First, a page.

A little bit of this and a little bit of that.

A cold Friday night in Alanya.

At this time of the year, you don't really have many options in this wonderful resort of the Eastern Mediterranean. Unless you make your own. Yes, we still have the crazy Europeans who think the weather is nice and the sea is warm enough for a swim but for locals, that would not be the case. The photo of the Cleopatra beach below may look as if the weather is warm. Yet it is deceptive because it is not.

Cleopatra beach will still host some visitors who think the sea is warm.

The over-active town between April and October looks abandoned during the winter and almost nothing takes place apart from a few activities that would attract locals. Please don't get me wrong as this is not a complaint. Starting from March until January, it is always hectic in Rising Star Workshop.

My wife loves this design which we call A Phenomenal Purple

January is a great time to catch up with family and friends as well as taking some time to relax and work on new ideas.... and sometimes to get drunk.My beautiful wife has a guest from her hometown at the moment, Kütahya. A place famous for its ceramics. The story of Kutahya ceramics date back as far as 14th century. At this stage we know that the soil structure in this region of Turkey is what makes these ceramics special when combined with centuries of dedicated crafting.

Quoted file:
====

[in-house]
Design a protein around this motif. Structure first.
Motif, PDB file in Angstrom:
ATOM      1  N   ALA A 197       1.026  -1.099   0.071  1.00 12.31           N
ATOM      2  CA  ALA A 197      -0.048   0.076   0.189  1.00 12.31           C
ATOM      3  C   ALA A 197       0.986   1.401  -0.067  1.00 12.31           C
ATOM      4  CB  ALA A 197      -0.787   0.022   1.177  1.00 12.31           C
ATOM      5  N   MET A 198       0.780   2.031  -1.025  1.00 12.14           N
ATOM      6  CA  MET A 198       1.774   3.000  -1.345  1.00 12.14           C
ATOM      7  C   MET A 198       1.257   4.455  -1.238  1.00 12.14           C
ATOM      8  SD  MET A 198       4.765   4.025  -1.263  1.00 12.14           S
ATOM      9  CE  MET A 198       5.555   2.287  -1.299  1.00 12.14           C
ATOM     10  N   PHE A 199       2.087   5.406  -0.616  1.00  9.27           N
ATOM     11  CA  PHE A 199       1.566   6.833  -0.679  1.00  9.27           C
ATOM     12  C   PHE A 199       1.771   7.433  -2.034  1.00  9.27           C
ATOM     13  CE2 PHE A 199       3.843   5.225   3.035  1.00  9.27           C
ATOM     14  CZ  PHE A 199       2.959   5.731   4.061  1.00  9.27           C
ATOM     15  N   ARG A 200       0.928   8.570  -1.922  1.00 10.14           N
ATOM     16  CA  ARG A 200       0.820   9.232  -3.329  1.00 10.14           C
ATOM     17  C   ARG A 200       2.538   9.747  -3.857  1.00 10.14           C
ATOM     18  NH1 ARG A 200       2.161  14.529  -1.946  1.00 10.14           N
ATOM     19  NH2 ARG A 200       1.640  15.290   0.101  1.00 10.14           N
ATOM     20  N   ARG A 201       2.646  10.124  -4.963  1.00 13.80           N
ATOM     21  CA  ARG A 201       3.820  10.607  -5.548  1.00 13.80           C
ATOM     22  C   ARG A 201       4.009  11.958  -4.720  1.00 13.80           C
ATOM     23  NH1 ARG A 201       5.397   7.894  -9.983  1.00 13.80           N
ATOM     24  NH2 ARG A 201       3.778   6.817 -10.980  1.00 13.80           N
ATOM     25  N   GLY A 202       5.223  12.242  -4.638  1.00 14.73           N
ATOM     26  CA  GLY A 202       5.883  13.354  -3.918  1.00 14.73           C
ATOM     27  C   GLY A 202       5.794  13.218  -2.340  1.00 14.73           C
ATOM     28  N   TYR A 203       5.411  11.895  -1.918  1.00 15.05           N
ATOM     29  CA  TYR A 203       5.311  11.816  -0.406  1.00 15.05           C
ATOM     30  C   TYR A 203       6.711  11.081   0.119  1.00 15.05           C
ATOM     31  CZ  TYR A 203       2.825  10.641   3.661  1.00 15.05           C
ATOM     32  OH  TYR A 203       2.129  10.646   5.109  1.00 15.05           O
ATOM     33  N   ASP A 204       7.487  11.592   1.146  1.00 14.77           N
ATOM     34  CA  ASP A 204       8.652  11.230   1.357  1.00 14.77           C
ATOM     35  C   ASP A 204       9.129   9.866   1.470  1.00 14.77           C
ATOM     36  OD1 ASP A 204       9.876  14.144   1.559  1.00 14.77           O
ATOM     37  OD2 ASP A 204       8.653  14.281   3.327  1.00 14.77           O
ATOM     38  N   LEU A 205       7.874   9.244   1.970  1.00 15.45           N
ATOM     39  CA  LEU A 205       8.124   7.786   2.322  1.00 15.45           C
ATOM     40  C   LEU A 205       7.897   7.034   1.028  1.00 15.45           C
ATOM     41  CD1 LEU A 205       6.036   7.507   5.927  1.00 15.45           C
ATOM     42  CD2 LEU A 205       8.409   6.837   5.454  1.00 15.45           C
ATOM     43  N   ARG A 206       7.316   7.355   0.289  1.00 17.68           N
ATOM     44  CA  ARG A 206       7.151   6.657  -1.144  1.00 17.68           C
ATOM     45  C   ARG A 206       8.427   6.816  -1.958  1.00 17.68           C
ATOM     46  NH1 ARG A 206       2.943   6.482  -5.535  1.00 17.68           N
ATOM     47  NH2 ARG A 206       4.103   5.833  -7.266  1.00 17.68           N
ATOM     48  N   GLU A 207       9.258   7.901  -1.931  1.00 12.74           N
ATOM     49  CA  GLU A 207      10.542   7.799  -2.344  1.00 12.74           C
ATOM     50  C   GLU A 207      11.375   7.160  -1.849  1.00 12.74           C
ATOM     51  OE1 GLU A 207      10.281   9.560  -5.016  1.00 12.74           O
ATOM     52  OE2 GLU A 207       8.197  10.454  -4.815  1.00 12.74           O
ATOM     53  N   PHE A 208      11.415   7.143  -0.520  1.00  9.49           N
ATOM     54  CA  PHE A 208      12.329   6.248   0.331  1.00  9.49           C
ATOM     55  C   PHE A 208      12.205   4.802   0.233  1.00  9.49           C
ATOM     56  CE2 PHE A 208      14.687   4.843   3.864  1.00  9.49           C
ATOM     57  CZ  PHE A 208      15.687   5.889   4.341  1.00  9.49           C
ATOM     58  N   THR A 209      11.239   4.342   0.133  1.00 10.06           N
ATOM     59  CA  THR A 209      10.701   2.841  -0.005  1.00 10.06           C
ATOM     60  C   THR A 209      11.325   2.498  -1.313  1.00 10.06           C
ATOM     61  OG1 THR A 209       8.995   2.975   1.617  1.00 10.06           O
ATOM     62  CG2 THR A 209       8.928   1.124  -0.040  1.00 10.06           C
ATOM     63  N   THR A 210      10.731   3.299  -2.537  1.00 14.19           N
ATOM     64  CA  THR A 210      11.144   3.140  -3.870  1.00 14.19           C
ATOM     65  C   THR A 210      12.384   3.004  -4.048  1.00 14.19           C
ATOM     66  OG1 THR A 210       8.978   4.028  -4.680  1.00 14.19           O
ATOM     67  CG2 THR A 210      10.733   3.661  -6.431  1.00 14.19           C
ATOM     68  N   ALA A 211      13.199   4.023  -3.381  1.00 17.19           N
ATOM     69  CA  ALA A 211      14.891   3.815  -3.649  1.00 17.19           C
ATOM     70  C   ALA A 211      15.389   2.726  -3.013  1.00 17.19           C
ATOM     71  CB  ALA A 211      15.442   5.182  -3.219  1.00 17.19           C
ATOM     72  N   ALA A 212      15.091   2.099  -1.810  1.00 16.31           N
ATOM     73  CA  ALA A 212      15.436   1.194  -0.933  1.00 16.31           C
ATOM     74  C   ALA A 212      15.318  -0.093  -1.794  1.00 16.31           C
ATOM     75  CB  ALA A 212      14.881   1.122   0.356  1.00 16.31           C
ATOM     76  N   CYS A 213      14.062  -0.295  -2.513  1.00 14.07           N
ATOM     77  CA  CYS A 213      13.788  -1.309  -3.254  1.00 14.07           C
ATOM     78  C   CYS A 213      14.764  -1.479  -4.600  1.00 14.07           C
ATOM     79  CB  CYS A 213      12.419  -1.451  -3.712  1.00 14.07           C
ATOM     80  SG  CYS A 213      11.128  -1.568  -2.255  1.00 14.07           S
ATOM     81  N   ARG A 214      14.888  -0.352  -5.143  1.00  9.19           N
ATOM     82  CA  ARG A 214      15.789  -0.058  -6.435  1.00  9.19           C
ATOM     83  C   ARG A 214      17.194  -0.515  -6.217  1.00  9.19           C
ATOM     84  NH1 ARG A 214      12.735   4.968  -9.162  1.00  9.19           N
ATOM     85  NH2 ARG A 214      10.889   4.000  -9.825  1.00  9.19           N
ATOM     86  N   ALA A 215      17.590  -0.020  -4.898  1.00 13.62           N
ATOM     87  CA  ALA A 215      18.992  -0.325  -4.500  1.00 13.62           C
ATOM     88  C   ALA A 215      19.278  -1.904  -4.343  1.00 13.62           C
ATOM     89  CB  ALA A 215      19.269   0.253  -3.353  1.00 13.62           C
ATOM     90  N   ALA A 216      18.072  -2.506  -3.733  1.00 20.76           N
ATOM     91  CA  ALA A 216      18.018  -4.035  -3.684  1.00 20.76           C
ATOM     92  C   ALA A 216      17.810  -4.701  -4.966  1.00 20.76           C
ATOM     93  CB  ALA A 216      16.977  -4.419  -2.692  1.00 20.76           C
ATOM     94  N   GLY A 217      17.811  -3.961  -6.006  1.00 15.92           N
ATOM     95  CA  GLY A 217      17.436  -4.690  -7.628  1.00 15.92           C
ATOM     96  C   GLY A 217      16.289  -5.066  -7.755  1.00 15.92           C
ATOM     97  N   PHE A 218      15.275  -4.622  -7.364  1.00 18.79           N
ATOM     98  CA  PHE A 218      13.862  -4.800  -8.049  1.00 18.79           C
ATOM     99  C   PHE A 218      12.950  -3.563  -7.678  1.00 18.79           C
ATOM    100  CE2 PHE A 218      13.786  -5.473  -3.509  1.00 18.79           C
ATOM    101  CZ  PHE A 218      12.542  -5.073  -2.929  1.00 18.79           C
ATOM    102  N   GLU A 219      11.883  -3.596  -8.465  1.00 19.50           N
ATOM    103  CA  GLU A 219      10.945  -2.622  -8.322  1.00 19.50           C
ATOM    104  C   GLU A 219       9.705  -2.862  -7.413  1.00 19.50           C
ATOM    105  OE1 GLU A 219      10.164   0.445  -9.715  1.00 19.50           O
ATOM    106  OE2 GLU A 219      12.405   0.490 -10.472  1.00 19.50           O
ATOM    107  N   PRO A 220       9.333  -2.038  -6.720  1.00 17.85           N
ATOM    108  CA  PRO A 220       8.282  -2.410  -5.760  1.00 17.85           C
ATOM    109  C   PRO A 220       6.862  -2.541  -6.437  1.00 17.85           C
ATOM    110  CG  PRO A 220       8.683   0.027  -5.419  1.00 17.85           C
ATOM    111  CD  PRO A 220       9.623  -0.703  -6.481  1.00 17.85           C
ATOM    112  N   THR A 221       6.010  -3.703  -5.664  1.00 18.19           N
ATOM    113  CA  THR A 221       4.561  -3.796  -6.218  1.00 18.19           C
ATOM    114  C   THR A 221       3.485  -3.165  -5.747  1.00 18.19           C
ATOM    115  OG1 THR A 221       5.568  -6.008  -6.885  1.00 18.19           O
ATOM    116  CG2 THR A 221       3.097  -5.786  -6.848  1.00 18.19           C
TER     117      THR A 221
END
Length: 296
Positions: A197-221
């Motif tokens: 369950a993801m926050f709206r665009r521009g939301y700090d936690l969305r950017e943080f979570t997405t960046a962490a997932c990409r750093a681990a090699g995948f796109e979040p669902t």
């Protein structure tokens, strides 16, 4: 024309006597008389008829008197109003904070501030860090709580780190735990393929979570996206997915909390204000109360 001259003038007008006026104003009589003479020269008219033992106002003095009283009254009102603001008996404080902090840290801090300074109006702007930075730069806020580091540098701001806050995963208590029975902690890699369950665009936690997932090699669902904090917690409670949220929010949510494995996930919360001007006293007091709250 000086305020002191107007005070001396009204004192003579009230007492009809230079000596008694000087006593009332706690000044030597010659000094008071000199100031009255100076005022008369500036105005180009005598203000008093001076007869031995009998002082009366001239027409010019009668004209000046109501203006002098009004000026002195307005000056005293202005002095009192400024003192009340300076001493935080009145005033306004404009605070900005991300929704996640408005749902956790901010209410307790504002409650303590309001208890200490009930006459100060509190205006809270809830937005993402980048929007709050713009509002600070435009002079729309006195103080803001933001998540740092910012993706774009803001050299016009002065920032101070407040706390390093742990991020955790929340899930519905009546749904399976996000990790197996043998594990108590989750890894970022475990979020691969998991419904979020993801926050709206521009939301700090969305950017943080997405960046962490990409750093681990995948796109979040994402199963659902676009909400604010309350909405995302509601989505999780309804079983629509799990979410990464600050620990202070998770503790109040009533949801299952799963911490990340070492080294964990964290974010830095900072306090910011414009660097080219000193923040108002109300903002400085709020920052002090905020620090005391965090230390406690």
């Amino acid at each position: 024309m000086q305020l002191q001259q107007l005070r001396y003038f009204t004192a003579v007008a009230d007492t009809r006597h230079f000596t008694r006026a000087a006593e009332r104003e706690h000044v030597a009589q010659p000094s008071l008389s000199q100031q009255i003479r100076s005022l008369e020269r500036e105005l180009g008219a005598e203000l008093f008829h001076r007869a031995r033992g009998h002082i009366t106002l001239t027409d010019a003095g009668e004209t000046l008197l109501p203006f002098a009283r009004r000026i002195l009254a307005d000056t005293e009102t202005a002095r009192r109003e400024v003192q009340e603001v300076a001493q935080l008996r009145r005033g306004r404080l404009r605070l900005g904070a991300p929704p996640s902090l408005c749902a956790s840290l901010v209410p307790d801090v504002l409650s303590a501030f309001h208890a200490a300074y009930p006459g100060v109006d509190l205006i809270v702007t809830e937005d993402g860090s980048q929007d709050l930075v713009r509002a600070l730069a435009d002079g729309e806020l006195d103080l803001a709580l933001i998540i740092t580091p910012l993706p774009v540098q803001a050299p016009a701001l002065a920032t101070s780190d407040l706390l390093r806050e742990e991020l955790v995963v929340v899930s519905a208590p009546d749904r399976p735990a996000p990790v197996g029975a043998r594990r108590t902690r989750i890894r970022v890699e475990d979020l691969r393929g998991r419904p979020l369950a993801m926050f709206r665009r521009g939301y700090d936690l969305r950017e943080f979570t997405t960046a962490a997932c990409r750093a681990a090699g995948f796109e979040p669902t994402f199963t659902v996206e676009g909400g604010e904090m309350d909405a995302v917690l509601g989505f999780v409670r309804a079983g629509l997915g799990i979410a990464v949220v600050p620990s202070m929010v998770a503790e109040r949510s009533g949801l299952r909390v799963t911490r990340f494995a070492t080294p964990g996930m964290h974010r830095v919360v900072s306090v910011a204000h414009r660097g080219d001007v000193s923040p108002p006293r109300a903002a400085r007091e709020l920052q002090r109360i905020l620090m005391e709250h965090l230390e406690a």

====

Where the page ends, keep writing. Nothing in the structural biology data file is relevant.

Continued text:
World famous Kutahya ceramics usually have geometrical shapes

In addition to my wife's friend, we invited Michael Seville, one of my English neighbors for a few bottles of lager and some Turkish Borek. With the gourd lamps that I keep in my personal collection at home, the boring Friday night turned into a little home party.

In broad meaning; A 'Borek' is a traditional Turkish pastry. I presume each and every single town has a 'borek' of its own in this country. However, at the end of the day 'borek' is a combination of pastry and non-sweet ingredients. Put it this way, there is no sweet 'borek'. If pastry used with something sweet, we would be calling it something else. The most common 'Borek' would be Borek with mince or spinach. But you will get all sorts depending on where you live or the time of the year. Borek with courgettes, aubergines, and potatoes are also common. Our choice of borek for this Friday night was Borek with mince. And I must confess my wife got it right this time as it was sooo yummy.